// Krister
Reply to
Krister_L
Jon,
A customer gives you a solid model (the one in the video), a single part, from SolidWorks and you import it into any of the "Synchronous Technology" Programs available.
How do you determine original design intent?
Is design intent no longer a concern?
With the original constraints removed (as you claim synchronous technology does when importing models from other programs), when you start hacking and whacking the model, how do you a machinist or anyone else determine original design intent on that imported model, as well as fit, form and function when you start making changes?
How do you determine which (critical) dimensions on the imported model should be locked and which can be unlocked?
And while your at it, per your previous posts, what exactly does your engineering department do while you say you are hacking and whacking customer supplied models so they are easier for you to make?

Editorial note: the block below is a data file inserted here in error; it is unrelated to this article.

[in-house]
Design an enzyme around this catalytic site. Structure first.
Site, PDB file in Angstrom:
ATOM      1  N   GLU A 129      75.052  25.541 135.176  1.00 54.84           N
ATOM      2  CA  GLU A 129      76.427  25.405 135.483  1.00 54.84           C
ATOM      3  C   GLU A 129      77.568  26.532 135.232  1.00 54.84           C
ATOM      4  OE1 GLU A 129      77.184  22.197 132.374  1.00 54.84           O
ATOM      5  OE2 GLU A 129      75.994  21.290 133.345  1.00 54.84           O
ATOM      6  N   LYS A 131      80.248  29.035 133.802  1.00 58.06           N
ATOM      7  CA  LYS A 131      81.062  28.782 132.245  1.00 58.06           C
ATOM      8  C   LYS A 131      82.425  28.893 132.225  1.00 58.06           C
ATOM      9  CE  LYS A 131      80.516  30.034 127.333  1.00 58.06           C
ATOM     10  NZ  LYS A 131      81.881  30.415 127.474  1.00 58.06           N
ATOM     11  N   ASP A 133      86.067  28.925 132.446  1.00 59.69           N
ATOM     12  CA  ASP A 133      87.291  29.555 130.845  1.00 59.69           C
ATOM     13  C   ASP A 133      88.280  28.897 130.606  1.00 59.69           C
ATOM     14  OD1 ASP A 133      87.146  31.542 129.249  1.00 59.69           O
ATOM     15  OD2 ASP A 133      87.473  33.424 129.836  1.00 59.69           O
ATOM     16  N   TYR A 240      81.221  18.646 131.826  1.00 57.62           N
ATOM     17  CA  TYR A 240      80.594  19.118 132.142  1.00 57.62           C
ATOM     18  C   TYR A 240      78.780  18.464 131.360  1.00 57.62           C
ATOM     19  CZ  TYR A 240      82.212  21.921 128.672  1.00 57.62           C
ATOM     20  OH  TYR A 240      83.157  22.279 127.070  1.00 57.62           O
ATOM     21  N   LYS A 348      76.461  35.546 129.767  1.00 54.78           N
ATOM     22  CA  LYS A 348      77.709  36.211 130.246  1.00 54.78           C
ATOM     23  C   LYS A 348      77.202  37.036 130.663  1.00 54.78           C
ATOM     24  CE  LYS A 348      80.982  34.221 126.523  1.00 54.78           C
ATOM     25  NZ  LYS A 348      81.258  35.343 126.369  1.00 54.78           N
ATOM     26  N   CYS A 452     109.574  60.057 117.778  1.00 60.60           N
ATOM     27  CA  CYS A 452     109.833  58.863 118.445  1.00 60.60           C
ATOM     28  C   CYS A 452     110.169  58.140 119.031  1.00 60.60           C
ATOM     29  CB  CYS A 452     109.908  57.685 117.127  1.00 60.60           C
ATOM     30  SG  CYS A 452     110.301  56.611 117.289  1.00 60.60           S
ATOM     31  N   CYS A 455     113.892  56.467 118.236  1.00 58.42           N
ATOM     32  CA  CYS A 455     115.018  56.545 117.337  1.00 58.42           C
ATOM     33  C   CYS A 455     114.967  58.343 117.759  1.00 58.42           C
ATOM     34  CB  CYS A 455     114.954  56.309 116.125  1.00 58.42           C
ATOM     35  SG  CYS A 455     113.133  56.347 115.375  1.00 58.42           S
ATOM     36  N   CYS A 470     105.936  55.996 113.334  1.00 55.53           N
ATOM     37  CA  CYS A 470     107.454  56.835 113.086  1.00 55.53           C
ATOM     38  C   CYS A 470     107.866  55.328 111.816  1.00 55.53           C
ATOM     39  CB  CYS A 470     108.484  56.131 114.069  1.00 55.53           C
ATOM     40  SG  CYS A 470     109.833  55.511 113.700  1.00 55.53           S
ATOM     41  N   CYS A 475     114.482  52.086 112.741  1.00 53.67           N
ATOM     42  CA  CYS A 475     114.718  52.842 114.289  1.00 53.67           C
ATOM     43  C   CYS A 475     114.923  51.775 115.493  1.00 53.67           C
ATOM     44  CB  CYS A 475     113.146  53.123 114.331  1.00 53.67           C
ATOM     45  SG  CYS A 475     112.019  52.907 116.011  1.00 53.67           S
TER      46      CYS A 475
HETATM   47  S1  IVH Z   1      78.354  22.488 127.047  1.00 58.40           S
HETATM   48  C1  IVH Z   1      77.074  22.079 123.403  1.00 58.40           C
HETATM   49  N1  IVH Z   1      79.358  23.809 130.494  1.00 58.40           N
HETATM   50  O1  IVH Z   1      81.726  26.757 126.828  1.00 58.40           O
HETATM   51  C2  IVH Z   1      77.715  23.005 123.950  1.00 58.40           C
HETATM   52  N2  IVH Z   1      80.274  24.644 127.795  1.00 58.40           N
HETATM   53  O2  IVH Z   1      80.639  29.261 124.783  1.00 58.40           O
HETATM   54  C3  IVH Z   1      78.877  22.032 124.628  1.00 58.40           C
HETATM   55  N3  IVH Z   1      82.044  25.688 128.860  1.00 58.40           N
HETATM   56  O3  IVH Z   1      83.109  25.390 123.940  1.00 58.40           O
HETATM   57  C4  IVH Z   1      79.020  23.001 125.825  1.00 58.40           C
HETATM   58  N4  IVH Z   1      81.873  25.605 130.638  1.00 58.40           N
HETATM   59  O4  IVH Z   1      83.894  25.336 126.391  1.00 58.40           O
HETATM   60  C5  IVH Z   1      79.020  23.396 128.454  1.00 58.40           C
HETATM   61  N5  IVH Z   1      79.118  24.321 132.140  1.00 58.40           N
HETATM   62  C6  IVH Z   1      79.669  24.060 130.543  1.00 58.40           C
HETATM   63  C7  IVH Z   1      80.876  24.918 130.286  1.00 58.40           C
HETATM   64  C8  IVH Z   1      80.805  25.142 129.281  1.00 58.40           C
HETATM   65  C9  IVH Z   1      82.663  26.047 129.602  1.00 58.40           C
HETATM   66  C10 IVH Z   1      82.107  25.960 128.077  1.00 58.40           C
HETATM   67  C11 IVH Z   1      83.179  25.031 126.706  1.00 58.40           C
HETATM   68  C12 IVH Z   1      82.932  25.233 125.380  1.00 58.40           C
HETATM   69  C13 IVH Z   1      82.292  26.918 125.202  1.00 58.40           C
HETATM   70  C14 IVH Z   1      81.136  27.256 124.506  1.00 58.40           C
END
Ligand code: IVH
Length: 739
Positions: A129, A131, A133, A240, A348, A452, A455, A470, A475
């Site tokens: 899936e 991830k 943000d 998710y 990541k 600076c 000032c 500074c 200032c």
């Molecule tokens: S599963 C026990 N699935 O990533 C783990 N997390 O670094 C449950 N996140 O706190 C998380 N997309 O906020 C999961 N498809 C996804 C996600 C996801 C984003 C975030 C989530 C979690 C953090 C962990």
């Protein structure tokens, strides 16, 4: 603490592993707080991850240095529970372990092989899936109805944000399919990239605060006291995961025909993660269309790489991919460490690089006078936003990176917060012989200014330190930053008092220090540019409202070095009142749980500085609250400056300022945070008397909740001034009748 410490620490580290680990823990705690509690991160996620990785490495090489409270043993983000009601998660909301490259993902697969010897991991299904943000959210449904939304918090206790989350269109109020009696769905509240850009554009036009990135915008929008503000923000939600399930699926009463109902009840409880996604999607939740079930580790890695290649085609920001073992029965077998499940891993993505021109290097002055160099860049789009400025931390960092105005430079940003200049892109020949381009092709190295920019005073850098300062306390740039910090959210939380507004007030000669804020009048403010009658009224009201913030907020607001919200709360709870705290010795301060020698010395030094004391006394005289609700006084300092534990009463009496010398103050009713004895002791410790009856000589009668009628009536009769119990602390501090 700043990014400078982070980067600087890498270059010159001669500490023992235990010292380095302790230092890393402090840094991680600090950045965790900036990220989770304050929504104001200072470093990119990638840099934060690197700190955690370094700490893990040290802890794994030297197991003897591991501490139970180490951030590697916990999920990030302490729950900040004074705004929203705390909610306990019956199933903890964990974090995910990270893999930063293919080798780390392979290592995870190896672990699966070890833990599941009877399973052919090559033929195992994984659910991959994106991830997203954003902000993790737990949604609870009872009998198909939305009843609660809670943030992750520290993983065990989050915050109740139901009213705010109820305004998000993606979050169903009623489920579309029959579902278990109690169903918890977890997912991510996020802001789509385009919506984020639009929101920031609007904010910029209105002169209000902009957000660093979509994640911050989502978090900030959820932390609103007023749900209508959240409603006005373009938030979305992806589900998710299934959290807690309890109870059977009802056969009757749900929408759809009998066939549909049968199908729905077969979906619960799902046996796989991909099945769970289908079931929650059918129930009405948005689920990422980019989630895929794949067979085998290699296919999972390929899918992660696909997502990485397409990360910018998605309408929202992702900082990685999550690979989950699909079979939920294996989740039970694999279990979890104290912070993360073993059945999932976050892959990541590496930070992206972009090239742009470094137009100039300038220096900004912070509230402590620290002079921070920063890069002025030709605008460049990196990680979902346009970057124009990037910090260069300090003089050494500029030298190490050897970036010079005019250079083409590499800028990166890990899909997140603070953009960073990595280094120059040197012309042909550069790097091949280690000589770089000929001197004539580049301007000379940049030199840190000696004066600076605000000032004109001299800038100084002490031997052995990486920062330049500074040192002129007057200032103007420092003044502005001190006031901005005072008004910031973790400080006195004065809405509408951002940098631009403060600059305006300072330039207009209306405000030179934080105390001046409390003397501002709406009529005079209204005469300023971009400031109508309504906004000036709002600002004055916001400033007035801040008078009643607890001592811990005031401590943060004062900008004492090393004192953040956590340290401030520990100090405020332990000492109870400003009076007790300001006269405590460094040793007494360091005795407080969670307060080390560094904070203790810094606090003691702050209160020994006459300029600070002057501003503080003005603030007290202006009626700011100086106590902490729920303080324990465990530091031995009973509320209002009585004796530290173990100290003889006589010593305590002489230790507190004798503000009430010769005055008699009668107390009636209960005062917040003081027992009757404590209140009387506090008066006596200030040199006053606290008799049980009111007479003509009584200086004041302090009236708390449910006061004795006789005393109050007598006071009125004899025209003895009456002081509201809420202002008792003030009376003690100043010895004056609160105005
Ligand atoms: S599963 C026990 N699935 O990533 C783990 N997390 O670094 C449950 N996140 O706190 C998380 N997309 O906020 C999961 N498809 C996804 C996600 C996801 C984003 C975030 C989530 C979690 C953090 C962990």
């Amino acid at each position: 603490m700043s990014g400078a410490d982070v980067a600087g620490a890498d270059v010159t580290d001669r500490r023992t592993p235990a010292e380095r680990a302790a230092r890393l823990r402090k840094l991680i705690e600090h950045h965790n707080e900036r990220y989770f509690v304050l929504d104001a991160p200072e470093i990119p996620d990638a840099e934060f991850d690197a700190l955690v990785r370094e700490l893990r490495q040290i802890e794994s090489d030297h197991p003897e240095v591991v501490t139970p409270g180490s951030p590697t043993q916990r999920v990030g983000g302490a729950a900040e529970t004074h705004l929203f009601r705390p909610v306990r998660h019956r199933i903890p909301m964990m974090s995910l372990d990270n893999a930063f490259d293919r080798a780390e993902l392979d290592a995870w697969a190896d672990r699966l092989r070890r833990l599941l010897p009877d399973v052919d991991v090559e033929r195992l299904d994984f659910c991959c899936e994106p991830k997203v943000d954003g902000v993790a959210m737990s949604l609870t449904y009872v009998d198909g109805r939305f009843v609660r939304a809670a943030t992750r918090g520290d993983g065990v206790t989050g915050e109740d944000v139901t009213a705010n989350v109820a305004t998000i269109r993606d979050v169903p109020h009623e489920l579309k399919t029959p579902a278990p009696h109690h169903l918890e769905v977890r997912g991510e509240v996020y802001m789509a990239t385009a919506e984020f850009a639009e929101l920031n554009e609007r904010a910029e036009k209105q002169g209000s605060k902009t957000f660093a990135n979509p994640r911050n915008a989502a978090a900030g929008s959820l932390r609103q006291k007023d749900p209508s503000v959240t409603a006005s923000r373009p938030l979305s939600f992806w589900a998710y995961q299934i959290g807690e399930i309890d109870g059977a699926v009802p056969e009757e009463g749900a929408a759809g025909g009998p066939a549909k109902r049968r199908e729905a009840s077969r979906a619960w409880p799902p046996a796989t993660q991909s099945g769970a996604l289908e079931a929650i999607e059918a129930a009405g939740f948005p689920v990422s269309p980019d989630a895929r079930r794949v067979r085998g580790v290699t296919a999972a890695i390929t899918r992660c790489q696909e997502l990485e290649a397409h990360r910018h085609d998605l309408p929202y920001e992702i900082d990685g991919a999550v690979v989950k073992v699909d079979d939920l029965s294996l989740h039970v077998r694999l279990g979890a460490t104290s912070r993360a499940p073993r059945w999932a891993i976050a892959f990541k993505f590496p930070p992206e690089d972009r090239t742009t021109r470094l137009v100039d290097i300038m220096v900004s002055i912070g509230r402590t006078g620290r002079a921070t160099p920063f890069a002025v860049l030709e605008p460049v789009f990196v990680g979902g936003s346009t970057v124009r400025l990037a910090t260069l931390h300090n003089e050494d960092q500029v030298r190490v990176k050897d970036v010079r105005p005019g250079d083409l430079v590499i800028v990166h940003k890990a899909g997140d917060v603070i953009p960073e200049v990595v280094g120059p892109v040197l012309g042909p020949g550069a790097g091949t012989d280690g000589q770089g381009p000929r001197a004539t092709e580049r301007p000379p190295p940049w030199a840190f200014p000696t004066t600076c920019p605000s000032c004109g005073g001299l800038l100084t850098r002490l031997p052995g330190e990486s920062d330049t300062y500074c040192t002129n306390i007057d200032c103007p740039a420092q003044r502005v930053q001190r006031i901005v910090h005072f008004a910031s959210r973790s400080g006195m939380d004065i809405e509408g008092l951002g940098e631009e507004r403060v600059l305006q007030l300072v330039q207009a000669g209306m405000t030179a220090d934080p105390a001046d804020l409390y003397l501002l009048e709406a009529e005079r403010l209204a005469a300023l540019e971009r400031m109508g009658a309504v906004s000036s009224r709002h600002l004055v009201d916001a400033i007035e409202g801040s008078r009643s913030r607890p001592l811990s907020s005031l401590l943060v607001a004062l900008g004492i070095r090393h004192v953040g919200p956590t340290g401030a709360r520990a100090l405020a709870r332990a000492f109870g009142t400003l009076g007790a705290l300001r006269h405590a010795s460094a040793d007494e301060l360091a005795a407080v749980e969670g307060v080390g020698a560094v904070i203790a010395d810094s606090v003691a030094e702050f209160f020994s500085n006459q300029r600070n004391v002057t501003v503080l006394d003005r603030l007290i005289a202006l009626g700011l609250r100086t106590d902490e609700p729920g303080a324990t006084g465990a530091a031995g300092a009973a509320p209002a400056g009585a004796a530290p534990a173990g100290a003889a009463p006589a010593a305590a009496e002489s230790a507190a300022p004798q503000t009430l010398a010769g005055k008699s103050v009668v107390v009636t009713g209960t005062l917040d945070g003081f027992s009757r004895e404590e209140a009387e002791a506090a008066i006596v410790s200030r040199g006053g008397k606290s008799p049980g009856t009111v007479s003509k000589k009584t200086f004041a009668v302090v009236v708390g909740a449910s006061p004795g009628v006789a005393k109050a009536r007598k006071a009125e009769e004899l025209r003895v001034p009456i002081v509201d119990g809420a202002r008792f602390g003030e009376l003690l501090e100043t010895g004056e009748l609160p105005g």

Tom
Reply to
brewertr
I don't think I'd even want to do business with a customer that relies on their machining suppliers to modify their product designs.
How is a $50 part that I've dragged and dropped features all over, going to work with the rest of the $20,000 assembly it goes into at the manufacturer?
Reply to
Joe788
jonnies crazy jealousy towards Tom's skills versus his own severe limitations. Its not really a problem.....Its what makes this group so much fun. :)
jonnies just too nuts to comprehend. therein lies all the fun.
Barn
Reply to
barn_rubble